Trees along Chennault Beach Road decorated with tributes for the fallen,
created by my sweet teenage across-the-street neighbor.
We were wrapping up a scary movie Netflix binge when my second-born breathlessly rushed into the room.
"Something MAJOR is going down out there," she gasped, nodding her head toward the front yard.
Twenty steps beyond my home lies Chennault Beach Road, a silver thread of asphalt that comprises the main thoroughfare and sole route into and out of our neighborhood. Leading down the bluff to a small cluster of well-kept homes, even on a Friday evening after midnight, it's usually a quiet street.
But as we turned our attention away from the murderous zombies on the TV screen and followed my daughter's gaze, we immediately understood the horror in her eyes.
Emergency vehicles of all shapes and sizes were streaming into our little community, sirens blaring and lights ablaze.
At least twenty first-responders screamed past our front door; as five, then ten, then twenty minutes ticked by, we noticed that not one of them was coming out.
Regular traffic - strangely heavy for this time of night - began to rush through a nearby side street, clearly seeking an alternative route out of the Chennault Beach loop. Apparently, the main road was closed.
Trapped drivers pulled their cars to the curb along my yard and gathered on the street corner. From the open windows, we strained our ears in the hopes of making out their conversations, in the hopes of understanding what was going on.
My mind struggled to bring order to this jumble of riddles. I could imagine only one scenario that would explain the facts.
A live shooter.
Shaking off the chill of that ominous thought, I blamed my dire conclusion on the scary movies, and after another half hour of nothing happening outside, we all gave up and went to bed.
* * * * *
"Three people were killed at a house party down the street. One more was injured. They caught the shooter."
My husband greeted me the next morning with the answers to my questions, but the ones I least wanted to hear.
Flipping open my Facebook feed, this news was affirmed in spades. Friends across the world were tagging me to a crush of articles describing the horrors that had unfolded at this gathering of local college kids in my neighborhood, though there were few details to be found at that point.
As more facts came in, the scenario went from bad to worse.
The shooter was someone we knew. He worked for my second-born at Abercrombie & Fitch during most of 2015, and had earned her respect as a hard-worker and conscientious young man. She gave him a funny nickname and they shared pictures of cats on Instagram.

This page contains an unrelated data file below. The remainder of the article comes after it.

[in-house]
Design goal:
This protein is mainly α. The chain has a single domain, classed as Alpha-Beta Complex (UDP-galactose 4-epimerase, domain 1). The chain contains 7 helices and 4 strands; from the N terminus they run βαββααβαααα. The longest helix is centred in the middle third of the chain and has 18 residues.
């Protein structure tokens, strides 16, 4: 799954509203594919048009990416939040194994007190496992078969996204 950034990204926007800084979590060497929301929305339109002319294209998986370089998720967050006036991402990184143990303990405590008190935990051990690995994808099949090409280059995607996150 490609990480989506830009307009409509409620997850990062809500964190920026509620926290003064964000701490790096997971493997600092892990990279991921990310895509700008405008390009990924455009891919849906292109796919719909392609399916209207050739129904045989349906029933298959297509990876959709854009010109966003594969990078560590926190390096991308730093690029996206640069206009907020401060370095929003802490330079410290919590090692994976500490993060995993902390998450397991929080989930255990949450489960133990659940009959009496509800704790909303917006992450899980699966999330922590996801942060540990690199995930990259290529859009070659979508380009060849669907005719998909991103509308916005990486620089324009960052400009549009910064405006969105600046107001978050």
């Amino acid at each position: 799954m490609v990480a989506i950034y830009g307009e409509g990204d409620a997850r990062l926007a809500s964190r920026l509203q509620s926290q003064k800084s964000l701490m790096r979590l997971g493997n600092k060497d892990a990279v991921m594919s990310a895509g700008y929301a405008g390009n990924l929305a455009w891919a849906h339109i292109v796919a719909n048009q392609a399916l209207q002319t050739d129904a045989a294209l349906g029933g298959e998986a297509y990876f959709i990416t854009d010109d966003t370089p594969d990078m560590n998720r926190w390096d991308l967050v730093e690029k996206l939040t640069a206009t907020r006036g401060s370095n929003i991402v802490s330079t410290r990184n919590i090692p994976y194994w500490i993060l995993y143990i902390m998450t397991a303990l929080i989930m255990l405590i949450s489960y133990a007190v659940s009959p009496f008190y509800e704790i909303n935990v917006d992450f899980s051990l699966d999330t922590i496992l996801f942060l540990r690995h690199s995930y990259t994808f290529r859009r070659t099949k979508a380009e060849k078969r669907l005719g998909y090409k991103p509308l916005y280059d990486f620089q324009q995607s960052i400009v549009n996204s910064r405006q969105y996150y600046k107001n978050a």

One of the victims was the best friend of a young family friend. Her name, we learned, was Anna and by all accounts, she was lovely. She had been dating the shooter and apparently broke up with him last week.
The rest of the morning was a blur of emotion and communication.
I burned through my phone battery in record time.
By noon, my soul craved some peace and fresh air.
How to make sense of these tragedies? Lord knows we've all had plenty of practice lately, working through the anguish of senseless shootings and terrorist attacks.
Yet how infinitely more painful the process becomes when the people involved are real, living human beings that walk the same paths, share the same streets, breathe the same air as me.
Three young lives cut short for no good reason.
Three devastated families who will mourn this horrible day forever.
Three bullets shot from a killing machine that deserves no place in civilized society.
I have no words to wrap around the injustice, the shock, the outrageous crime of their deaths.
And I pray for these three victims, for the peace of their eternal souls, for their families, for all of us who bear the scars of this brutal tragedy and all the other tragedies like it.
* * * * *
But then, what about the shooter?
Is he to be hated, despised, cast off as pure evil?
Is he as demonic and inhuman and other-worldly as the monsters I watched in my movie?
No. I can't accept that. Until Friday night, he was known to be a smart, friendly, loyal and hard-working young man with a successful life and a bright future.
How did he fall so far?
I can't explain. But I know this.
The shooter committed an act of evil.
But he is not evil.
He is a human being.
And human beings have been killing one another since the dawn of time.
Each human being on this planet is capable of great violence.
Our souls hang by silver threads, beautiful and pure, yet undeniably vulnerable and infinitely fragile.
And while I pray that your humanity and mine will never be tested by a temptation to murder, I also pray that we find compassion and forgiveness in our hearts for those whose silver threads give way.
* * * * *
To read more about this tragedy and the healing in its aftermath, try: